The other problem for Rajini could be the choice of candidates for all 234 constituencies. Team Rajini is believed to have done a good job of setting up RMM panels down to the booth level, as far back as 2018-19. But he is also reported to have told them that he would have to rope in influential local leaders with face recognition as his candidates, even if they are from rival political parties.
This could upset ‘swing voters’ who may otherwise be ready to consider voting for Rajini, this one time, as it would set at naught his commitment to undo the Dravidian super-structure and also ‘end their corruption’.
Will inducting Dhanush, the superstar’s award-winning actor son-in-law, help in the campaign? “Yes-and-No,” is the answer. Given Rajini’s health condition, and even otherwise, given the lack of popular faces, Dhanush, with his own fan following, could share the campaign-burden. His fans too would add to the RMM votes.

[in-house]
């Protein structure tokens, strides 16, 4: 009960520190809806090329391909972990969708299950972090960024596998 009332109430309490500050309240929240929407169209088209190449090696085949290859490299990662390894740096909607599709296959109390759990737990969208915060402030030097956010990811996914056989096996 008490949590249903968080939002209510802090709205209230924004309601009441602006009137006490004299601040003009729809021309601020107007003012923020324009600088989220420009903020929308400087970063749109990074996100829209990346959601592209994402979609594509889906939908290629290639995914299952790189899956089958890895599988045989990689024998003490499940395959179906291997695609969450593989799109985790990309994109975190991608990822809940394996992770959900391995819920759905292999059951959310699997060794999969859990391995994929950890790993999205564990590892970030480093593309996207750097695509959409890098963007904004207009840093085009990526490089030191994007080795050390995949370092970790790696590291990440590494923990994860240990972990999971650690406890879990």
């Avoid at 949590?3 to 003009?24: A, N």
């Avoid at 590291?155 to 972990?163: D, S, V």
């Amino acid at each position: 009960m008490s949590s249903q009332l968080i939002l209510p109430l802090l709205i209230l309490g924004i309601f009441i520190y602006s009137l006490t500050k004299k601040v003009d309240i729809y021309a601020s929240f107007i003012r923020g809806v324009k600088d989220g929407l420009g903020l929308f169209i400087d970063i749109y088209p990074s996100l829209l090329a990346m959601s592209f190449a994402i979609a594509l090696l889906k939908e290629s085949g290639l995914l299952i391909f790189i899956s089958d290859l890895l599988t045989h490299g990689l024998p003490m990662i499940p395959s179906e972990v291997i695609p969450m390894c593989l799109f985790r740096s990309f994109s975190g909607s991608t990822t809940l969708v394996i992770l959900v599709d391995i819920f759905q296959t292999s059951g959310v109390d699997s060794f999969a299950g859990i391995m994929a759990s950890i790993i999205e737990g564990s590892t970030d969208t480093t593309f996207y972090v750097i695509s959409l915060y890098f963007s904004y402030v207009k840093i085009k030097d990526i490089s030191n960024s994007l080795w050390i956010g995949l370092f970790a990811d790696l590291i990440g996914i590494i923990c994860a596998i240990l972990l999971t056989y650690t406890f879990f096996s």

But then, it is for Dhanush to decide. More importantly, it could invite charges of ‘dynasty politics’, which the DMK is already being blamed for.
N Sathiya Moorthy, veteran journalist and political analyst, is Distinguished Fellow and Head-Chennai Initiative, Observer Research Foundation.